Another questionable feature of one of the articles in the October issue is the suggestion of a return to the principles of war, for whose rote memory the acronym MOOSE-MUSS was invented, toward what useful purpose no one has ever articulated. One need only look to the principles’ origin, as told by their originator, to appreciate the absurdity of their having dominated our doctrine for so long. It was 1919 when the British Army first took note of the work that J.F.C. Fuller had begun on his own in 1915, developing the list of “principles.” No sooner did the British Army incorporate the list into doctrine than the U.S. Army and Marine Corps followed suit. Fuller continued to work on and change his list over the years, based on his continuing study of war. His list had grown from six principles he authored in 1912 to nine, which the Army incorporated. Eventually it reached a height of 19 principles before descending again, down to 3, then to “economy of force” alone; and, at last, by 1929, to zero.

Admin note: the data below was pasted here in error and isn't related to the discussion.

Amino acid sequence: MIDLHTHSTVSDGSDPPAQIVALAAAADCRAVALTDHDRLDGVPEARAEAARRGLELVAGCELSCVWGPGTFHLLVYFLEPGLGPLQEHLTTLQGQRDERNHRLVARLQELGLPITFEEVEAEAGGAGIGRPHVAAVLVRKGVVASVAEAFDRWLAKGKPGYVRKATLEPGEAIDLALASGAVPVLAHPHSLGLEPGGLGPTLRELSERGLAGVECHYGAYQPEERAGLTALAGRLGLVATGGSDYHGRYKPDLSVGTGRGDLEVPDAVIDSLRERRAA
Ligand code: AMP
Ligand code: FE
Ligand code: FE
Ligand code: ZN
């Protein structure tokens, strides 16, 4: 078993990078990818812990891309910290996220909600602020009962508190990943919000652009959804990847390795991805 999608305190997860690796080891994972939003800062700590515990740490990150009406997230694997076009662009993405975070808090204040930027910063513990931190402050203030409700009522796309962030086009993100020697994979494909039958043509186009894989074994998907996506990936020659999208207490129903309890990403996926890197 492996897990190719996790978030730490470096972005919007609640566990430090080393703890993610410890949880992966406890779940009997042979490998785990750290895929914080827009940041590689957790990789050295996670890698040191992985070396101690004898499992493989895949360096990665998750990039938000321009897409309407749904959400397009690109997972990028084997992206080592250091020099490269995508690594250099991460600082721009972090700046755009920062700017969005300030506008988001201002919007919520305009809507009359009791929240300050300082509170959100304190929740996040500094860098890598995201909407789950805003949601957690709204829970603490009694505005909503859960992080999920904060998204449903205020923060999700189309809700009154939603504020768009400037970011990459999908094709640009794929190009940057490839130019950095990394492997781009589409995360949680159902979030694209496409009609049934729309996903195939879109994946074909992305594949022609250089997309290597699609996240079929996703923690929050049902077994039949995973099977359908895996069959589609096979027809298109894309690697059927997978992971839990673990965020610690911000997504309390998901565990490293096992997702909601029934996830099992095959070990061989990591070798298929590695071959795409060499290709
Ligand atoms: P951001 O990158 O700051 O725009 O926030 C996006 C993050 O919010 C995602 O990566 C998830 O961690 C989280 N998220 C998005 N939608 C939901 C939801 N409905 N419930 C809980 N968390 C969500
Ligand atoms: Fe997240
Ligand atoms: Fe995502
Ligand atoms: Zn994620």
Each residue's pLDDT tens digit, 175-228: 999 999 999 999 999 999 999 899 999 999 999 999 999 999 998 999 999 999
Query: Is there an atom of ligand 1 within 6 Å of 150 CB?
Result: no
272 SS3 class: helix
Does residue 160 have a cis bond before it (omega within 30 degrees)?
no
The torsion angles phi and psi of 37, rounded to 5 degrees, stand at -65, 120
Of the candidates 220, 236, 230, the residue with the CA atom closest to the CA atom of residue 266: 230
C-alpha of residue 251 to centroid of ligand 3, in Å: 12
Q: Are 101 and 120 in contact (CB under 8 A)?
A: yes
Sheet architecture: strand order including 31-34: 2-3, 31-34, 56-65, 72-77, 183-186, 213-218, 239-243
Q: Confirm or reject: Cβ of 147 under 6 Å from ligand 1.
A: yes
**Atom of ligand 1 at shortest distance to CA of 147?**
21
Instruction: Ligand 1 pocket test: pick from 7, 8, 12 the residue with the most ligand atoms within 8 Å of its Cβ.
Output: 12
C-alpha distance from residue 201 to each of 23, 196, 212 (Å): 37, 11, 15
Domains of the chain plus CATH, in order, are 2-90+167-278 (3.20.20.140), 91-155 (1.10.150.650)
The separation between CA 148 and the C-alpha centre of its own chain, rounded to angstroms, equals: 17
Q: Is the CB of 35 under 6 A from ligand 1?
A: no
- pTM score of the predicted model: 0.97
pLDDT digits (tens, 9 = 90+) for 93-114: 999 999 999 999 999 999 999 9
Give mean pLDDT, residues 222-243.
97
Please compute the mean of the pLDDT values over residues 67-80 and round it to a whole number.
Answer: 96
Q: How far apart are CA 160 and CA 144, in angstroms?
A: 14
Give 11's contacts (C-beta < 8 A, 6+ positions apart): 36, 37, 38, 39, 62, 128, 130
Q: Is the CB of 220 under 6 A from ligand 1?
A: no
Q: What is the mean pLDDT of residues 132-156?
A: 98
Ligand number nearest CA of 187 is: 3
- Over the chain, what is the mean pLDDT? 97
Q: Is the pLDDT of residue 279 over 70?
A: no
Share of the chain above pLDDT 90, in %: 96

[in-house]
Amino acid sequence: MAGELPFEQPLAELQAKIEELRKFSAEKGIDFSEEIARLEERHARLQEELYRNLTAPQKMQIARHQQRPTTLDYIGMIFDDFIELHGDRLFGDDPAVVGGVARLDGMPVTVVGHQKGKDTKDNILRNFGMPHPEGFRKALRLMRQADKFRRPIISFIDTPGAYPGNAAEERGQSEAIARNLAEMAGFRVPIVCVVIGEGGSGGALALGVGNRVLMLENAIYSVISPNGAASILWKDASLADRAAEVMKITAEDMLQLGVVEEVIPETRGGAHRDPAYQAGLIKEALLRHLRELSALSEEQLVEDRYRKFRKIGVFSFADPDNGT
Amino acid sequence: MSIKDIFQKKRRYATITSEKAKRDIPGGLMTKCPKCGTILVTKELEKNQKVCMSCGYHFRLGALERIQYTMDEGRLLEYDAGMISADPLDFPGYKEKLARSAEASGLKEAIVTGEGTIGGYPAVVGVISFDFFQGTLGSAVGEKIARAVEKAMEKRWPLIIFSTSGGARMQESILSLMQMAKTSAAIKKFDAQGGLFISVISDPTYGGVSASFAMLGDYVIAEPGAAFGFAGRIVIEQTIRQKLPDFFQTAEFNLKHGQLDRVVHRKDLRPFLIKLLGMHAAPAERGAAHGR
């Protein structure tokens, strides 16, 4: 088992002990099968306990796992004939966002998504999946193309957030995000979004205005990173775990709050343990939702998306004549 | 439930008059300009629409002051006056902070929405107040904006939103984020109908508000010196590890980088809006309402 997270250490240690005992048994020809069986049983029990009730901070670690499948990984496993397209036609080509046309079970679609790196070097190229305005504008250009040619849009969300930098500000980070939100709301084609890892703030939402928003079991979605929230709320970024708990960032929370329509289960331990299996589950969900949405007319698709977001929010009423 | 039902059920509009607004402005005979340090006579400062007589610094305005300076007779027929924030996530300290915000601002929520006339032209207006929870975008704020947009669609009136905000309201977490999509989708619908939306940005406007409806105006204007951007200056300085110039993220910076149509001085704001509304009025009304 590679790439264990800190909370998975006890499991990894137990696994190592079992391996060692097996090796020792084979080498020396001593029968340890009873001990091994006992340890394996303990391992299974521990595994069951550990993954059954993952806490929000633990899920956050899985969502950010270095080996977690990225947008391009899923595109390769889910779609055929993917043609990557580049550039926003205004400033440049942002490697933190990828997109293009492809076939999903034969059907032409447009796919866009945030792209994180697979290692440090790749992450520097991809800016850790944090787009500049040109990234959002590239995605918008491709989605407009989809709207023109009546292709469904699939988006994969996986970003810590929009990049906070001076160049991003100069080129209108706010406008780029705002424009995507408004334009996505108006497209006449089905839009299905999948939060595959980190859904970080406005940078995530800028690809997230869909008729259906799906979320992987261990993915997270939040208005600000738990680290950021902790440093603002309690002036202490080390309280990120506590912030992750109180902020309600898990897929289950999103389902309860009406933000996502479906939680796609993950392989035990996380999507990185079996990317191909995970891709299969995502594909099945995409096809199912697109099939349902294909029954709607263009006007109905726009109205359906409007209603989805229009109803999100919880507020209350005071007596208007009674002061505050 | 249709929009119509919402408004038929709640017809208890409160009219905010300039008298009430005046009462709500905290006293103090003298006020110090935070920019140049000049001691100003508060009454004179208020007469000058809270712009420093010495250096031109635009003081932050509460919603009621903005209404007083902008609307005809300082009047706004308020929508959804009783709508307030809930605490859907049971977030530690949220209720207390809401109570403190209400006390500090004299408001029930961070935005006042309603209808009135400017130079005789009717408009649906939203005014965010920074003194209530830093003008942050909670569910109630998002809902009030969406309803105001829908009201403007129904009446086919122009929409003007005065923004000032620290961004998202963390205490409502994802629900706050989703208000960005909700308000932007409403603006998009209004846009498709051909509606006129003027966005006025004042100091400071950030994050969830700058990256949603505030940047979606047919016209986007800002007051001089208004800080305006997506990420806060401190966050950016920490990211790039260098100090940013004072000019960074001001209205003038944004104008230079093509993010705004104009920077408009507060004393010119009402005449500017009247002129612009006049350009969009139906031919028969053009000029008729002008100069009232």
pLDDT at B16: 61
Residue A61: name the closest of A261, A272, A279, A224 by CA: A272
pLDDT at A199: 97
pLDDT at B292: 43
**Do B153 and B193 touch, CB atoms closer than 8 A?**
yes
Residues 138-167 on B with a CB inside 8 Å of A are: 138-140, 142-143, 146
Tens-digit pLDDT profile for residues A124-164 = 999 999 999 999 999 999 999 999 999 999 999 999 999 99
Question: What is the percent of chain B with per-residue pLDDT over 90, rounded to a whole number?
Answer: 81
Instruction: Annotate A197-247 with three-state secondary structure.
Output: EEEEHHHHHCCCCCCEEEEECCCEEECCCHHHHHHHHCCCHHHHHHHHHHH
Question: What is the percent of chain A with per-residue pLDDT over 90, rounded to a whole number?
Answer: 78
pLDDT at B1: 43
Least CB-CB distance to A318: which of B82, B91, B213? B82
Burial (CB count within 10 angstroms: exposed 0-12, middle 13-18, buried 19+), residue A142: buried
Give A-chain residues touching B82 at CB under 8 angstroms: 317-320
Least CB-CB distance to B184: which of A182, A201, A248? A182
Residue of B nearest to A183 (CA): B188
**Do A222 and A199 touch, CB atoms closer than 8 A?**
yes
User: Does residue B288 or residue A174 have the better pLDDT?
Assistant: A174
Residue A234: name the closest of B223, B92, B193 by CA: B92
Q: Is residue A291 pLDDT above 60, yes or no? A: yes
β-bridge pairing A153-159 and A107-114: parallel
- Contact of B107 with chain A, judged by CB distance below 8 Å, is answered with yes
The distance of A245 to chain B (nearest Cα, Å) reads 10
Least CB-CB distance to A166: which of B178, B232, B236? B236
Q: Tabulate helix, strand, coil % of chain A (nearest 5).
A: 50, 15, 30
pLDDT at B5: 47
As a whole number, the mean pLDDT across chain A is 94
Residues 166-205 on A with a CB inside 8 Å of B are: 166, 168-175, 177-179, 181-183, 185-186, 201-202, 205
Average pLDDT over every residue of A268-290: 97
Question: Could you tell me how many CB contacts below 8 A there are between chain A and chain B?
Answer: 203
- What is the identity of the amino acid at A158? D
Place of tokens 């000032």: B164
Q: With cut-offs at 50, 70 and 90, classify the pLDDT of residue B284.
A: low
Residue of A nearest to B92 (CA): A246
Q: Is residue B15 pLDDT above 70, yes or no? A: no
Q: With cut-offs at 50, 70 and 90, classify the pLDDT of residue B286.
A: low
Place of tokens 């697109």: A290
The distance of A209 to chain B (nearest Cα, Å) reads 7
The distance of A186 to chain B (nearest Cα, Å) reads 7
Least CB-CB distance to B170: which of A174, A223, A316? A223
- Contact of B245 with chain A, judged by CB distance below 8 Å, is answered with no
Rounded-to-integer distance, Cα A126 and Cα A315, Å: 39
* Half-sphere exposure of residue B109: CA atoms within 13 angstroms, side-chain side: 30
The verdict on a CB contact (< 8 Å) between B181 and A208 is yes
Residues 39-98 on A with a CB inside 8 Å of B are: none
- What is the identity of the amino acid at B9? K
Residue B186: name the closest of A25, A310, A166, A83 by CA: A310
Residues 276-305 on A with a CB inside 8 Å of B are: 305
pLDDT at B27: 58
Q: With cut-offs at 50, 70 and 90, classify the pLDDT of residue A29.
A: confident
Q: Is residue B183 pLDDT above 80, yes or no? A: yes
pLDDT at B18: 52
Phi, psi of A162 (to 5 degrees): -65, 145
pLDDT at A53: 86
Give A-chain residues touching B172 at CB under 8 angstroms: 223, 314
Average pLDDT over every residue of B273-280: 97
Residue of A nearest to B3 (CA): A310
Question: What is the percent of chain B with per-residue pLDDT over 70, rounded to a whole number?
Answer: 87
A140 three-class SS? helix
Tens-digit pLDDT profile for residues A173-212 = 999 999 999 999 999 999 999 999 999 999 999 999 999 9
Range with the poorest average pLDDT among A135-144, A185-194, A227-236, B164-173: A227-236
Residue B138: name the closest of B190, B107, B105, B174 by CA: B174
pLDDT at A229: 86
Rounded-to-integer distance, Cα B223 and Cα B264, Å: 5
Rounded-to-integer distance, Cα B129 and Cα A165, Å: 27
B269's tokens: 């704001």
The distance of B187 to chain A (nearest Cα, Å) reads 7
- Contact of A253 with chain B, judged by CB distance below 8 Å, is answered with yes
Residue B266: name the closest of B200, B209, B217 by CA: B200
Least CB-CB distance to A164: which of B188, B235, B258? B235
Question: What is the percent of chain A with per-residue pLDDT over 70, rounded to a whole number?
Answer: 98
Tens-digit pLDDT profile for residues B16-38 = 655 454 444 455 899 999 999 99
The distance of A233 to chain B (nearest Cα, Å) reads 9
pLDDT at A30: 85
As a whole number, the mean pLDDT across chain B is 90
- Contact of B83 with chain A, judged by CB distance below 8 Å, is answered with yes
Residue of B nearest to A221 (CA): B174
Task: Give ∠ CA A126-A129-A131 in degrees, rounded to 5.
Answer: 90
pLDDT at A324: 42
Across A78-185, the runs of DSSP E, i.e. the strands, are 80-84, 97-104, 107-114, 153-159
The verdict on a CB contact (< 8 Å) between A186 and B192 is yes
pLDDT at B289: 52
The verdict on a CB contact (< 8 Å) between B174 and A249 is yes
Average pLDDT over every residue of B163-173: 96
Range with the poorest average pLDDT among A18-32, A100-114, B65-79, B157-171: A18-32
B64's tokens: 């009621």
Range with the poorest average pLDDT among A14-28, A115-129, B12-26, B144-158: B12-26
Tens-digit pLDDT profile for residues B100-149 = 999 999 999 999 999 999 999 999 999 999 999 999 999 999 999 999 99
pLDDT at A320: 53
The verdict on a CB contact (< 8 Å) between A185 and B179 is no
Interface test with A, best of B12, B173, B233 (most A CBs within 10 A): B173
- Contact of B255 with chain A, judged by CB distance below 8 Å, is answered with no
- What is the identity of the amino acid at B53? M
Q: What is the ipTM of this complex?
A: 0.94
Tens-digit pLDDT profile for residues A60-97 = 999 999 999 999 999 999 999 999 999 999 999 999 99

Fuller finally concluded that his “principles” were not principles at all, and rejected the whole idea, regretting that he had caused the entire British Army to forsake professional study to memorize his list unthinkingly, as if it were a ritualistic prayer. Meanwhile, we see military bureaucratic behavior at its worst. Ensconced into “concrete,” the principles remained in U.S. doctrine for 64 years, even after the British had abandoned them by 1980.

When I was on active duty the list of “principles” that were not principles served only to stymie thought. Can a list of words that speaks of “mass” but omits “dispersion” be principles? Is “speed” on the same level of importance as “economy of force” and “unity of command,” when speed alone enables us to shift from mass to dispersion and back again when the changing situation demands?